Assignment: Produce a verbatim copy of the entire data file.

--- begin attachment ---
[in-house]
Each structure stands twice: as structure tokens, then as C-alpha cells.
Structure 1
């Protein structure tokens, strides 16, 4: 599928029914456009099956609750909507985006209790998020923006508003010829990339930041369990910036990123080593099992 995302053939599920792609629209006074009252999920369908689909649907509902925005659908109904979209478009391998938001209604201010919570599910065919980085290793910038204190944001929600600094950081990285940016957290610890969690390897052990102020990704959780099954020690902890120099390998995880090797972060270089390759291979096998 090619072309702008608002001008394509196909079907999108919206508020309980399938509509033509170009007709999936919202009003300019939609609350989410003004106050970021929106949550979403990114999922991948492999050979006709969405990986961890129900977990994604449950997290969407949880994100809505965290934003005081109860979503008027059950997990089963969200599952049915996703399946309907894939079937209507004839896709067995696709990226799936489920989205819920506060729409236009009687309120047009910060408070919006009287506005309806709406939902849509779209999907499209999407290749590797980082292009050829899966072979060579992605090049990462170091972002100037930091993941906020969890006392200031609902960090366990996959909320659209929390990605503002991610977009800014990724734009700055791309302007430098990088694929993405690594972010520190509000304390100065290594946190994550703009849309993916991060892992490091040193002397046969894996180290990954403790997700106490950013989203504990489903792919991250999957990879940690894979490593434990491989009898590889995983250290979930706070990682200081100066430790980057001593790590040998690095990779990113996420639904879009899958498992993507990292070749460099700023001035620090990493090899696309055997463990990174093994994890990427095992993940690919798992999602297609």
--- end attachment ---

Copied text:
[in-house]
Each structure stands twice: as structure tokens, then as C-alpha cells.
Structure 1
């Protein structure tokens, strides 16, 4: 599928029914456009099956609750909507985006209790998020923006508003010829990339930041369990910036990123080593099992 995302053939599920792609629209006074009252999920369908689909649907509902925005659908109904979209478009391998938001209604201010919570599910065919980085290793910038204190944001929600600094950081990285940016957290610890969690390897052990102020990704959780099954020690902890120099390998995880090797972060270089390759291979096998 090619072309702008608002001008394509196909079907999108919206508020309980399938509509033509170009007709999936919202009003300019939609609350989410003004106050970021929106949550979403990114999922991948492999050979006709969405990986961890129900977990994604449950997290969407949880994100809505965290934003005081109860979503008027059950997990089963969200599952049915996703399946309907894939079937209507004839896709067995696709990226799936489920989205819920506060729409236009009687309120047009910060408070919006009287506005309806709406939902849509779209999907499209999407290749590797980082292009050829899966072979060579992605090049990462170091972002100037930091993941906020969890006392200031609902960090366990996959909320659209929390990605503002991610977009800014990724734009700055791309302007430098990088694929993405690594972010520190509000304390100065290594946190994550703009849309993916991060892992490091040193002397046969894996180290990954403790997700106490950013989203504990489903792919991250999957990879940690894979490593434990491989009898590889995983250290979930706070990682200081100066430790980057001593790590040998690095990779990113996420639904879009899958498992993507990292070749460099700023001035620090990493090899696309055997463990990174093994994890990427095992993940690919798992999602297609």